As you may recall, United MileagePlus announced changes to their award fees and stopover rules a few months ago. These changes take effect for tickets issued on or after October 6, 2016, so you only have a few days left to book under the current rules.
The main change is to how United handles stopovers on award tickets. This is being touted as a customer-friendly change designed to simplify the award process, which…
Even if you aren’t interested in a stopover, the website technology is also being adjusted to implement these new policies. I’m concerned that this will remove phone agents’ ability to price complex awards manually.
Given that, there are four types of awards I’d suggest ticketing before the new rules take effect later this week.
1. Multi-Region trips
Right now, United allows a stopover pretty much anywhere along your route, provided availability matches up. So you could book an award from the U.S. to Asia, for example, with a stopover in Europe along the way.
Under the new Excursionist Perk rules, your stopover has to be in the same region as your destination:
The origin and destination of the Excursionist Perk is within a single MileagePlus defined region.
So in the example above, you’d only be able to have a stopover in Japan (as Japan is a distinct region for MileagePlus). You might still be able to connect in Europe (more on that later), but your Excursionist Perk would be limited to the same region as your final destination.
2. “Free” domestic one-ways
Some people like to be able to spend a few days (or months) in the international gateway city, and you can get quite a bit of additional value out of United awards by adding on these domestic segments. For example, I once booked an award to Europe from San Diego, and on the return stopped in Washington D.C. for a week.
Going forward, the new rule prohibits your stopover from being in the same region as your origin city:
The Excursionist Perk cannot be in the MileagePlus defined region where your travel originates. (For example, if your journey begins in North America, you will only receive the Excursionist Perk if travel is within a region outside of North America.)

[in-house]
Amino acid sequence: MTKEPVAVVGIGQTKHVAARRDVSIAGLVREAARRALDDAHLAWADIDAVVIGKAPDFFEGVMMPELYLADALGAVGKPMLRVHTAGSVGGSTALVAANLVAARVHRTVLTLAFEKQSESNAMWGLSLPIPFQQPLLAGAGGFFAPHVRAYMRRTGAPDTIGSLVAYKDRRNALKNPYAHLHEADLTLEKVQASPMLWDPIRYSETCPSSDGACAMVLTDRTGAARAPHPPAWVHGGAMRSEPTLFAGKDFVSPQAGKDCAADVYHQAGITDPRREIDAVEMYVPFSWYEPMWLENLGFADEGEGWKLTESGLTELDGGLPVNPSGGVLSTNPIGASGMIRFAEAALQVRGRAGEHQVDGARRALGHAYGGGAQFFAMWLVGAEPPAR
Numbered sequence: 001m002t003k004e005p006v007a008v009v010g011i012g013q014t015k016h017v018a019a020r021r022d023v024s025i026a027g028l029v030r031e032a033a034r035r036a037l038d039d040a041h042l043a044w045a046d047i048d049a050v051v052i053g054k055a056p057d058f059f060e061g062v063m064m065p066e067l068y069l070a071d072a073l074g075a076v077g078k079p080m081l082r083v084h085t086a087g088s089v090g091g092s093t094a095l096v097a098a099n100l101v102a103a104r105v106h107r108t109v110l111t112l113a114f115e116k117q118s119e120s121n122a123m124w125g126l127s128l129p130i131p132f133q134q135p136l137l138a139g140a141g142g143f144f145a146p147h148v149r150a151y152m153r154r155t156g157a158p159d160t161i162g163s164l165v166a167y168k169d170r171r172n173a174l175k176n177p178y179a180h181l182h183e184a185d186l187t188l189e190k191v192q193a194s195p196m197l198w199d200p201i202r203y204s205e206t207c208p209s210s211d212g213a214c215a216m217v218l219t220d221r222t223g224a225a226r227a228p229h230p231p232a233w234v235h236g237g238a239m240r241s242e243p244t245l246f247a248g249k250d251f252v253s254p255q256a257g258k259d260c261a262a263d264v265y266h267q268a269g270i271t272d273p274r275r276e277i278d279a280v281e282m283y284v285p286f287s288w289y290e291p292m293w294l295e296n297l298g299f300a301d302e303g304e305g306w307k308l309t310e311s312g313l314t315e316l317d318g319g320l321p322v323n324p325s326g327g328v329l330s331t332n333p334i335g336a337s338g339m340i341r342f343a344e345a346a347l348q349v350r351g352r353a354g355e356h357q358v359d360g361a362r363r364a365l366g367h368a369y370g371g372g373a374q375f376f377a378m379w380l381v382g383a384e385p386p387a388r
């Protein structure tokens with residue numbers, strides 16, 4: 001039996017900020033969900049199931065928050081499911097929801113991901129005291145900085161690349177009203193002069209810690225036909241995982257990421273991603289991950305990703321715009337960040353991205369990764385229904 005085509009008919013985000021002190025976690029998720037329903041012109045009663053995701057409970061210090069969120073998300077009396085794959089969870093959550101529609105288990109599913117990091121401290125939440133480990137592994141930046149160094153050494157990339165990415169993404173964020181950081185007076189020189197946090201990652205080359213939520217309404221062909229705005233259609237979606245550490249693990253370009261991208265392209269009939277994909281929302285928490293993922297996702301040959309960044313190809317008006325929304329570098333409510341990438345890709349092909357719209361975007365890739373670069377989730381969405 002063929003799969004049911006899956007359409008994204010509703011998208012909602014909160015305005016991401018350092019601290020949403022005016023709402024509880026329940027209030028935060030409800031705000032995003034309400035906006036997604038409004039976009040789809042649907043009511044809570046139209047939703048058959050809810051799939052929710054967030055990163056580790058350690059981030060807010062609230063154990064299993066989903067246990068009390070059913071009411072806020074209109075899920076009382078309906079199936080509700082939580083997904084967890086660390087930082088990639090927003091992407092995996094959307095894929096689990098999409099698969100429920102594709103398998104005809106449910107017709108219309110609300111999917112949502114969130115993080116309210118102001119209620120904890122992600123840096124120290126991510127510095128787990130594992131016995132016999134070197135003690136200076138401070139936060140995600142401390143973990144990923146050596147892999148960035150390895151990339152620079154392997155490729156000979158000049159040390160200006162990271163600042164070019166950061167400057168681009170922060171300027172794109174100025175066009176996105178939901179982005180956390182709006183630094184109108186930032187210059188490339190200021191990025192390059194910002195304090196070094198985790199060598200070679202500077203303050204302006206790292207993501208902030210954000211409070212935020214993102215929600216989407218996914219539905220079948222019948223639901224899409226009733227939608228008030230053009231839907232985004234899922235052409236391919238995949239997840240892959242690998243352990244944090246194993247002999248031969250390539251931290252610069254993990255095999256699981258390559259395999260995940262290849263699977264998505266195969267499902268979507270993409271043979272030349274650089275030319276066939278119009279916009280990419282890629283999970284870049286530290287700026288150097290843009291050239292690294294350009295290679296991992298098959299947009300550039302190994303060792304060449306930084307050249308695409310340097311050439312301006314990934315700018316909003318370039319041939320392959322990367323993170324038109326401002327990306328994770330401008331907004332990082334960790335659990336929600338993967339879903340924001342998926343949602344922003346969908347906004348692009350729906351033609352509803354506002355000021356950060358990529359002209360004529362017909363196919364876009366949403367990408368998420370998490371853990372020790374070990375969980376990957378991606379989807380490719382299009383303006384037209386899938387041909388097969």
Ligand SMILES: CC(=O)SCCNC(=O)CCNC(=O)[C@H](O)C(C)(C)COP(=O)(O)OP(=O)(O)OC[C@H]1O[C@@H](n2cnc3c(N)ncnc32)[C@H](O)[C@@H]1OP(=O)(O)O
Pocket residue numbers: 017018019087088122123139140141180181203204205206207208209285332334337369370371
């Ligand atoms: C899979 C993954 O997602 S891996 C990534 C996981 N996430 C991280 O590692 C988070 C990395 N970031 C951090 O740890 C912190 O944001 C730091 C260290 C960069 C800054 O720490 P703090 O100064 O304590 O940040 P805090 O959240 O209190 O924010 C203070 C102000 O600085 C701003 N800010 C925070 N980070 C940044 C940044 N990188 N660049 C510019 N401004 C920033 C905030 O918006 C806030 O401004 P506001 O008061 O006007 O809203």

I have loathed the “free one-way” term since it was popularized, as nothing is every really free. In order to get a “free one way” you were always trading away a stopover somewhere else on your itinerary. Now you’ll still be able to have that stopover elsewhere, but the days of having an 11 month “stopover” domestically seem to be finished.
3. Open-jaws between regions
Part of the “fun” with United awards is that they don’t really publish their routing rules, and sometimes surprising things price.
For instance, you could book a trip from the U.S. to Asia, take stopover in Japan, and return to Hawaii.
This requires fewer miles than returning to the mainland U.S., as again — Hawaii is its own region. Booking this way also lets you have three destinations on your award, though you have to organize the flight home from Hawaii separately (though if you’re fancy, your Hawaii > Mainland segment could be a “free one-way” on another award).
Going forward, this won’t be allowed:
Travel must end in the same MileagePlus defined region where travel originates.
If you start in Region A, you’ll eventually have to return to Region A, not a third region.
4. Complex itineraries
When building award itineraries with United, you don’t currently have to rely on the logic built in to the web interface. While you will get some results by searching from your origin to your destination, you can put together more creative and interesting itineraries by searching segment-by-segment. This is most useful if you’re looking for longer layovers, or want to secure certain products and carriers, and even an ostensibly less convenient routing can make for a better itinerary.
While I don’t recommend it, necessarily, you could potentially get something like this to price between San Diego and Singapore, with a stopover in Taipei, and connections of up to 24 hours in the other cities:
It would take quite a bit of time on the phone (and sorry, nope, we can’t help you book something like that this week), but it should price if you can get an agent to let you feed them segments.
Going forward, however, the United.com search tool will look for organic connection points. You’ll have to search and filter on the website to find alternative options.
We don’t know exactly how this will work yet, but my concern is that agents won’t be able to override the system. Something that currently prices as a roundtrip with a stopover and open-jaw might instead price as five one-ways, and recourse may be limited.
We’ve already seen this happen with Delta, where as far as agents are concerned “the price is the price,” and I can envision a situation where frustrated consumers are told to pound sand, because if an award didn’t price online it won’t be an option.
We don’t yet have a full understanding of how exactly the new United pricing engine will work, but there have been hints. The new rules will be less generous, however, and my instinct is that agents will have less autonomy when compiling awards.
So if you’ve been planning a trip using United miles I would highly recommend finalizing these these awards before the 5th.
Anyone booking anything fun this week?